Frances Yates described to us the story of the Art of Memory - the ancient mnemonic devices that enabled orators to remember long speeches and arguments. In the absence of abundant paper, "the artificial memory was the student's notebook." The art utilized virtual spatial organization of information through the building of memory spaces, which were subsequently navigable.
Through the art's reliance on affect, it became increasingly associated with physical representations of striking and unusual human figures, which consequently became a tool of the Church to transfer its teachings to the European populace. And it is this didactic art that one still sees in the paintings and architecture of the mediaeval era.
My investigations revisited these spatial tactics, but in the age of digital documentation and playback. A series of prototype installations were built, each investigating different themes of the art, and of human memory itself.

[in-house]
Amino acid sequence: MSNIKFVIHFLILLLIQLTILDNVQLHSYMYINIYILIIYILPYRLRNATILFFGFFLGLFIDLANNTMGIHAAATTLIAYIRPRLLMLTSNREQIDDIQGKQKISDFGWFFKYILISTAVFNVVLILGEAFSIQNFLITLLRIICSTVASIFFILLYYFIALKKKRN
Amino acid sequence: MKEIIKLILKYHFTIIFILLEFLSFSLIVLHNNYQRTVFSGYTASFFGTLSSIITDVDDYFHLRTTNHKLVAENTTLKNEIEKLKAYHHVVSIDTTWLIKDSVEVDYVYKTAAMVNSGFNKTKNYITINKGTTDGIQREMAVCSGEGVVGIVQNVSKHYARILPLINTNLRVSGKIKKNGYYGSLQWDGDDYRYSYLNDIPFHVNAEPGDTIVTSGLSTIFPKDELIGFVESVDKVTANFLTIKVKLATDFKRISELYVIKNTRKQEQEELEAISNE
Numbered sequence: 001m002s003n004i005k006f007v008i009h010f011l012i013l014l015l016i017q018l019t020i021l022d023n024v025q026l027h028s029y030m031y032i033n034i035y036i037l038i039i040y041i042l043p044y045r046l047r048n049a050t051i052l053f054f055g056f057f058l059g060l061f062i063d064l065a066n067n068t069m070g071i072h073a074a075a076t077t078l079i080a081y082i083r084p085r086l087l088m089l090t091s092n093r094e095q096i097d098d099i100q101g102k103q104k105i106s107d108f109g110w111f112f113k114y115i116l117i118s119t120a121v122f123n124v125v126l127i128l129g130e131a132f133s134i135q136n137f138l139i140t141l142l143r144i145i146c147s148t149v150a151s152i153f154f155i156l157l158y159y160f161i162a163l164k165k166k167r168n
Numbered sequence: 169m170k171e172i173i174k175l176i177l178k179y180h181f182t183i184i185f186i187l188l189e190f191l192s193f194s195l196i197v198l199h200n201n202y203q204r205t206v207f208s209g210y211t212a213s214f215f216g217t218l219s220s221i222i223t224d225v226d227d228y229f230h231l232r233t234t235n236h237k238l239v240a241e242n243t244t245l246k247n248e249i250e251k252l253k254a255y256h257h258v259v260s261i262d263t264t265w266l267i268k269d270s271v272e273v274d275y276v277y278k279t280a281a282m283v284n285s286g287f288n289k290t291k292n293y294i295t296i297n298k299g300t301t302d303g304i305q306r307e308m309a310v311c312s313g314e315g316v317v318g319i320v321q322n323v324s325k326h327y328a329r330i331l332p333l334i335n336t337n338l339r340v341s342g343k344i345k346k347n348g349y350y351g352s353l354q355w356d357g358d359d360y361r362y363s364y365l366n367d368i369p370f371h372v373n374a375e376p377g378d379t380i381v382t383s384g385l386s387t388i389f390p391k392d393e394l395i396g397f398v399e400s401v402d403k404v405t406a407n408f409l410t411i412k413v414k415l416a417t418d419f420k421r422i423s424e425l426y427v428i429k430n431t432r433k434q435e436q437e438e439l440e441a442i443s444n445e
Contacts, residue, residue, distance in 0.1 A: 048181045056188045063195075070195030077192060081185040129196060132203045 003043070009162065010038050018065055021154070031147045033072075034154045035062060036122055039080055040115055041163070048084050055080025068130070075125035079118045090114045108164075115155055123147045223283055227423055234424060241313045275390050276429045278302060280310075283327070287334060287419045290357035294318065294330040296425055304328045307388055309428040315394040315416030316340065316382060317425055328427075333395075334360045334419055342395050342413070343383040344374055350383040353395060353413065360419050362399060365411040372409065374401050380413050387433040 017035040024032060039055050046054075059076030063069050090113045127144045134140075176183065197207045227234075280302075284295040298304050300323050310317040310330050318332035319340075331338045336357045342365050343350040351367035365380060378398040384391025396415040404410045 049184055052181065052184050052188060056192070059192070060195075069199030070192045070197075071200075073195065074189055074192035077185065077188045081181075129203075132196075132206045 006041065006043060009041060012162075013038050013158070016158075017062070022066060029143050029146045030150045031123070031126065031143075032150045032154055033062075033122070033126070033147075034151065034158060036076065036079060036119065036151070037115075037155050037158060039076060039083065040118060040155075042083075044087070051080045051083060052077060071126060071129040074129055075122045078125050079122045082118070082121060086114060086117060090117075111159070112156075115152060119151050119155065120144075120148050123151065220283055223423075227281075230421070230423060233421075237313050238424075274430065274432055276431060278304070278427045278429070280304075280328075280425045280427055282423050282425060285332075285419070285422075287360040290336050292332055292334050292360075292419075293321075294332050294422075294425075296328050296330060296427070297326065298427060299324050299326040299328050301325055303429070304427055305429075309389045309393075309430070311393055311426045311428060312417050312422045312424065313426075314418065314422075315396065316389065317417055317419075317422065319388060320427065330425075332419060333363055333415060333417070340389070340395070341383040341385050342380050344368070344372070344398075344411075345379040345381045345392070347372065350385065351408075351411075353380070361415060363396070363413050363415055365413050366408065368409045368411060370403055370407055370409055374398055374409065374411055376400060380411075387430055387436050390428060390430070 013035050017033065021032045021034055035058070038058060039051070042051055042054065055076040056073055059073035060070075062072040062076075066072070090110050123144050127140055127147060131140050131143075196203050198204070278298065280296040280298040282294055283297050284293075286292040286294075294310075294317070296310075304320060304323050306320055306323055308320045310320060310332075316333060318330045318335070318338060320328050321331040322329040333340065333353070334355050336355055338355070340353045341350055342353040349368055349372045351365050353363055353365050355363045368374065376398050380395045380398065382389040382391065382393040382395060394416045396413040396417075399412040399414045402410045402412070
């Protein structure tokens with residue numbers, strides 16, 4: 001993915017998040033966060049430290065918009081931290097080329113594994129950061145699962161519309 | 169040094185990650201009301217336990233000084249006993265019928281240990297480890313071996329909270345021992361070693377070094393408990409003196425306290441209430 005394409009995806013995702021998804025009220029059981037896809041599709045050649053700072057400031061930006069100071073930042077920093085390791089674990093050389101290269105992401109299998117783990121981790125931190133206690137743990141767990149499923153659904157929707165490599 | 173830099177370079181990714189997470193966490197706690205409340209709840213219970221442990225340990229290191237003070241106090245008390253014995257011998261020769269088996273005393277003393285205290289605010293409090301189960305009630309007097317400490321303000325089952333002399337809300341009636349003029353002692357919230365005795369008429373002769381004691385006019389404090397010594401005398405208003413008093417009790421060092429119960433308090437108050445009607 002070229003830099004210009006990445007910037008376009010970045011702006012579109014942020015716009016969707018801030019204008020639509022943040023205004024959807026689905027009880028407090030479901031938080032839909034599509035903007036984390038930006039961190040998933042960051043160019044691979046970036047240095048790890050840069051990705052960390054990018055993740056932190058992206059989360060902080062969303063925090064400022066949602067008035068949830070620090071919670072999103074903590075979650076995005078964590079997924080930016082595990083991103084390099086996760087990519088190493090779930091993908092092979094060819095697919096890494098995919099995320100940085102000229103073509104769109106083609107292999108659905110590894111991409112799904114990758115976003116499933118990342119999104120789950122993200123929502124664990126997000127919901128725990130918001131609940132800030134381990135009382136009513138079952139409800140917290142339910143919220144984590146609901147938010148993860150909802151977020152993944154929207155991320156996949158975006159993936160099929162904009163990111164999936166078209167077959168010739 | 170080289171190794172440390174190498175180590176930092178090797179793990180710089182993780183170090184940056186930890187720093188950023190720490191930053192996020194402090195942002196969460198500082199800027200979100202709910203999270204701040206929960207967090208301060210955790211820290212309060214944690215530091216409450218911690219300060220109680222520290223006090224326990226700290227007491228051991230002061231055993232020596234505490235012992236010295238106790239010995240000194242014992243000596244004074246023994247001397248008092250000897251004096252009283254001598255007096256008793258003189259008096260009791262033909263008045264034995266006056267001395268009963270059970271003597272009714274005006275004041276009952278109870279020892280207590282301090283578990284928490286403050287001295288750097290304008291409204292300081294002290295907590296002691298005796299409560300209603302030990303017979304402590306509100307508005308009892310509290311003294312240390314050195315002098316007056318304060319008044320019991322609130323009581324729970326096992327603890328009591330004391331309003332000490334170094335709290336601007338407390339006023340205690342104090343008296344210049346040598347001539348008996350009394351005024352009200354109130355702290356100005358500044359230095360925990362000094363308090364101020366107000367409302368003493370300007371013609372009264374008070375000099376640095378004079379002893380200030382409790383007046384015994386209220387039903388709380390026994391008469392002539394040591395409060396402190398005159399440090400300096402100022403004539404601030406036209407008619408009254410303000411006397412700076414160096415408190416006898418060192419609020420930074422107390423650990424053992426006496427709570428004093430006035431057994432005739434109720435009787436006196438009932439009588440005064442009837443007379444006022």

Method of Loci - Stories are recorded in spaces, and subsequently played out back onto the spaces when they are ‘reminded‘ of them by new characters.
Temporary Storage Medium - Using phosporescent paint to depict the way in which memories are stored indefinitely, then written over with newer ones.
The Cup Game - An investigation into how we continuously remember events in our short term memory but rarely make reference to them. What happens when we visualize them?
Delay Mirrors - Mirrors that take on the personality of a sleepy observer - increasingly tired of what it sees.
Palimpsest Mirror - A realisation of the idea of layered wallpaper and the memories stored within them.
Peter Pan's Shadow - ‘Fake shadows‘ allow stories to be told through the blurring of identities.
Facial Rose window - The idea of representing the long-term memory of the space, using the faces of the people who inhabited it.
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